Carly Norris is a book editor living in New York City who moves into the Sliver apartment building. In the apartment building, Carly meets two of her new neighbors, author Jack Lansford who... See full summary »
After a young woman is attacked in the elevator she meets her neighbours (two brothers) for the first time. One of the brothers has a secret, the other has a crush on her. Her analyst tries... See full summary »
Novelist Catherine Tramell is once again in trouble with the law, and Scotland Yard appoints psychiatrist Dr. Michael Glass to evaluate her. Though, like Detective Nick Curran before him, Glass is entranced by Tramell and lured into a seductive game.
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Juan is a young Spanish man whose dream is to become one of the famous toreros. When he was caught making an illegal (and in fact for the real torero life endangering) night bullfight with ... See full summary »
Carly Norris is a book editor living in New York City who moves into the Sliver apartment building. In the apartment building, Carly meets two of her new neighbors, author Jack Lansford who writes thriller novels and Zeke Hawkins, the handsome owner of the apartment building. Carly finds that some of the women living in the apartment building have been murdered and the police suspect that there is a serial killer in the apartment building. Carly has a passionate and seductive love affair with Zeke, unaware Zeke has secretly wired the apartment building with hidden cameras and he has been watching the lives of each tenant living in the apartment building including Carly. Carly begins to suspect Zeke or Jack may be the serial killer responsible for the murders in the apartment building and she may be the killer's next victim. Written by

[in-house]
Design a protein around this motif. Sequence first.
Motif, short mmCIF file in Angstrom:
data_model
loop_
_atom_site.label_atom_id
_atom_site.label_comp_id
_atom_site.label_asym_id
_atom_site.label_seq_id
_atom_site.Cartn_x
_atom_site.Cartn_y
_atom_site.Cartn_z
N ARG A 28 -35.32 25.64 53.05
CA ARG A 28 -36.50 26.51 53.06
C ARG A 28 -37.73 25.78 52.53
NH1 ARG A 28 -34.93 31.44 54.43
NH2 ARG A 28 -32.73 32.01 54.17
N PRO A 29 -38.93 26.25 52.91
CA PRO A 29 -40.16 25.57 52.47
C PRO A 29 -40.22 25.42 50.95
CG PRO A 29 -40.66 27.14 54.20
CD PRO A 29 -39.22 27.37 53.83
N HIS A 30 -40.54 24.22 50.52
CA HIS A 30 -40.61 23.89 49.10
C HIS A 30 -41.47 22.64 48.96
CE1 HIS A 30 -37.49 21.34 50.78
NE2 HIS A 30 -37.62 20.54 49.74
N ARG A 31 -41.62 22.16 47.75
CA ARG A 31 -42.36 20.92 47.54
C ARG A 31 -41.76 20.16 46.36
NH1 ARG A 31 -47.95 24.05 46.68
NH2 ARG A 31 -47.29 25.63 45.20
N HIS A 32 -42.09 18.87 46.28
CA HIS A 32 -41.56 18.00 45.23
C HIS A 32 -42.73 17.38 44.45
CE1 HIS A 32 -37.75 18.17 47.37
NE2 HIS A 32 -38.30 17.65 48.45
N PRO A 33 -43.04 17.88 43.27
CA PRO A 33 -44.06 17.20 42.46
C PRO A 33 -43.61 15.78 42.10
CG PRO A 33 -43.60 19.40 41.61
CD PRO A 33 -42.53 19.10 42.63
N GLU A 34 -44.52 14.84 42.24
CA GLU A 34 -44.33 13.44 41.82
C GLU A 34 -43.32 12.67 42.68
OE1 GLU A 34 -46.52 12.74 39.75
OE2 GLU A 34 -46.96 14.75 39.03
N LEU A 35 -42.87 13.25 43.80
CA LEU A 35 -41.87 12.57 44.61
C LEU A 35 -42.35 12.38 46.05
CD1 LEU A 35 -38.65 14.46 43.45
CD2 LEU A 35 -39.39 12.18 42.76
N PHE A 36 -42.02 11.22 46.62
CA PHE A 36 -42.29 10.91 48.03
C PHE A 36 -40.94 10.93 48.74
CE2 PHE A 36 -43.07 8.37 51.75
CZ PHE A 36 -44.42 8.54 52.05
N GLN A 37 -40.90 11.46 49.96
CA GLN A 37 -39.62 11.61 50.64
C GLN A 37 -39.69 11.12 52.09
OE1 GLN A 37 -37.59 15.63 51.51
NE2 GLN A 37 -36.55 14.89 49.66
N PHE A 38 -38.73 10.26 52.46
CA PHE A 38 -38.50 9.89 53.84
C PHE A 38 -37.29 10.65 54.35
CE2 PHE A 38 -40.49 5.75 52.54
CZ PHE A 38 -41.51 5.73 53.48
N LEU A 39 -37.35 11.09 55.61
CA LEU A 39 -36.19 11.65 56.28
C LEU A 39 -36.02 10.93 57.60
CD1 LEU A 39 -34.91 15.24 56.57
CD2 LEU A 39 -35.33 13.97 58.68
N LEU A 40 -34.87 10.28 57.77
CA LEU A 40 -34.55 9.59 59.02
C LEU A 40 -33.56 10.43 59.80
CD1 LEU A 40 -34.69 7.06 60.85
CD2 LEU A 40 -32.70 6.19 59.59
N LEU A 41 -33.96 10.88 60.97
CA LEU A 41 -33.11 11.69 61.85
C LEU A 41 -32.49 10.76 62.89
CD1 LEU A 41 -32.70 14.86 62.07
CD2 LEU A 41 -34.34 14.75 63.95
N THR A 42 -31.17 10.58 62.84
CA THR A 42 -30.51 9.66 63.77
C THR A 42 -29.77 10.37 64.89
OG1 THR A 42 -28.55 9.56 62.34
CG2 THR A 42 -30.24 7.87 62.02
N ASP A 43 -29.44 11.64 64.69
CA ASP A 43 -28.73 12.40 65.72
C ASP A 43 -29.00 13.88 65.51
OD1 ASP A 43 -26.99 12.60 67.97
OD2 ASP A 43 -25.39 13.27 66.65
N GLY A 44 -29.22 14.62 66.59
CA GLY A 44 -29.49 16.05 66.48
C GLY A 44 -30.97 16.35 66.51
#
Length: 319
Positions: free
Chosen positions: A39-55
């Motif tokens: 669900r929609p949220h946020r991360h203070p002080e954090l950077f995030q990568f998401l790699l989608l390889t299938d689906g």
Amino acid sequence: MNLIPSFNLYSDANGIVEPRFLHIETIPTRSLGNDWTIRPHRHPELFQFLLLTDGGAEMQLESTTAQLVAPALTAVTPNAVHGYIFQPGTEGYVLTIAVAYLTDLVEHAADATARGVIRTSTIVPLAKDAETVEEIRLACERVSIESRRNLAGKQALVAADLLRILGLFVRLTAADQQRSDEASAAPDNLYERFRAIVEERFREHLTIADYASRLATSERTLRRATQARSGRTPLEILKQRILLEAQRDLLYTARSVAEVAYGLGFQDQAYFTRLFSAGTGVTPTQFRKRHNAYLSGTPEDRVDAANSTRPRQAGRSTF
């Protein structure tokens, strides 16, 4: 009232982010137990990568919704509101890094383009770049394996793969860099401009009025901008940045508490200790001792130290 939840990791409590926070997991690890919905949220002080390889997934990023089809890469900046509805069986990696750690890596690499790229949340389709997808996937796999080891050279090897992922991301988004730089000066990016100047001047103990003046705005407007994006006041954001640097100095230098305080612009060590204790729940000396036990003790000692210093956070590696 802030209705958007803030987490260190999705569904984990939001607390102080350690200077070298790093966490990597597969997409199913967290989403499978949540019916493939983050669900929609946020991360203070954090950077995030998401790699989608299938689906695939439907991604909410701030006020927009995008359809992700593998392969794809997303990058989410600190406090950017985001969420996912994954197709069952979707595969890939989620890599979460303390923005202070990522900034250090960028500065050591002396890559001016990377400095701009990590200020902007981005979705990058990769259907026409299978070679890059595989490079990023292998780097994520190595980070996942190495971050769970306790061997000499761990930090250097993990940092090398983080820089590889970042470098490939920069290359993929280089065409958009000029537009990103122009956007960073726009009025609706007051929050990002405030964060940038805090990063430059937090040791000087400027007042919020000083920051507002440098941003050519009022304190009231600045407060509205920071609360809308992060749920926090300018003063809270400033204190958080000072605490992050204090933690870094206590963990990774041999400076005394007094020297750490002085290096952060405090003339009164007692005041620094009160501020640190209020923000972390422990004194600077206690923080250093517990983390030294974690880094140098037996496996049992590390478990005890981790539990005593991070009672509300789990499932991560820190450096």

Great direction, cinematography, and sound design, but only a so-so script.
Stylistically this is one of the best films from the early-mid nineties. But style isn't substance. The script was less than perfect going into production, and several endings were filmed for lack of a clear resolution. But don't let that stop you from seeing this film. Stone and director Noyce polish a bad script into a fine music video. It's like watching VH1 merge with the Playboy channel. A fine soundtrack with an even better [unreleased] score from Howard Shore play well against the dramatic, color-rich backdrops and voyeuristic black and white camera shots. It's very easy on the eyes, and perfect for a $14 dvd (if they ever release it).
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